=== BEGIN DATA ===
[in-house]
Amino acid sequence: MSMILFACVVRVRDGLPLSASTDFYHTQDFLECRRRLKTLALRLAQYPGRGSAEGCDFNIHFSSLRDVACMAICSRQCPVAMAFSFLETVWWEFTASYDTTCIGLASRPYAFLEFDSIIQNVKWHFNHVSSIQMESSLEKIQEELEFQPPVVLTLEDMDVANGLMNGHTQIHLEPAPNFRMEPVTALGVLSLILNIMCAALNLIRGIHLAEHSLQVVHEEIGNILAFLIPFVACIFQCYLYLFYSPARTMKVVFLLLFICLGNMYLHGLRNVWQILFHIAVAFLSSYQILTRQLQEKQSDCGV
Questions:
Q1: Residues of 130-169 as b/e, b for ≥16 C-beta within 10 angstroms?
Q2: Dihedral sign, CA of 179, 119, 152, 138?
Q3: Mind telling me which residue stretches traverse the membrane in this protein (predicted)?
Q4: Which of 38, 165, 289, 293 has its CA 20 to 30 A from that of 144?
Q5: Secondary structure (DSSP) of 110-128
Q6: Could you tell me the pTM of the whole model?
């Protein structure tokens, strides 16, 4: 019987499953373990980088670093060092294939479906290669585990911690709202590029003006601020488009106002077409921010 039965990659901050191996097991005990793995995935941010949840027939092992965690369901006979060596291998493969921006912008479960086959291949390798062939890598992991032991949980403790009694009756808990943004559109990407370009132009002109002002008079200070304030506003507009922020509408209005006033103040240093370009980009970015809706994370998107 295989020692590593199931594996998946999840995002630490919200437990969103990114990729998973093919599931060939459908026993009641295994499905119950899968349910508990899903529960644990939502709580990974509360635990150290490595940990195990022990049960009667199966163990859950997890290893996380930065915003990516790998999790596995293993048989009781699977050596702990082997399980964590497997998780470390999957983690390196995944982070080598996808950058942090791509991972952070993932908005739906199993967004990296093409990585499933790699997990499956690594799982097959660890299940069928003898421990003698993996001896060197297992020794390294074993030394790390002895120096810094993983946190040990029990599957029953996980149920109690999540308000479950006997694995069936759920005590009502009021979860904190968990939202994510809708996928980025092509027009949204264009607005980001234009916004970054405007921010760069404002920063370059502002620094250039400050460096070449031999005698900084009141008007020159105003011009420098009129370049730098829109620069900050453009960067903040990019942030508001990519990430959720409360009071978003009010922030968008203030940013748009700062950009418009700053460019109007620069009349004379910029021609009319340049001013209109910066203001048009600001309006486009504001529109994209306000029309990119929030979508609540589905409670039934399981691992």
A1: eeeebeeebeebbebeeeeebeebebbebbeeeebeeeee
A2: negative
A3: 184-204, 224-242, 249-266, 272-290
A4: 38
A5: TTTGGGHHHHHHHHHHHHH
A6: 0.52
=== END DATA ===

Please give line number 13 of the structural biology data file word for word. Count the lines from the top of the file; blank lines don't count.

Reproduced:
A3: 184-204, 224-242, 249-266, 272-290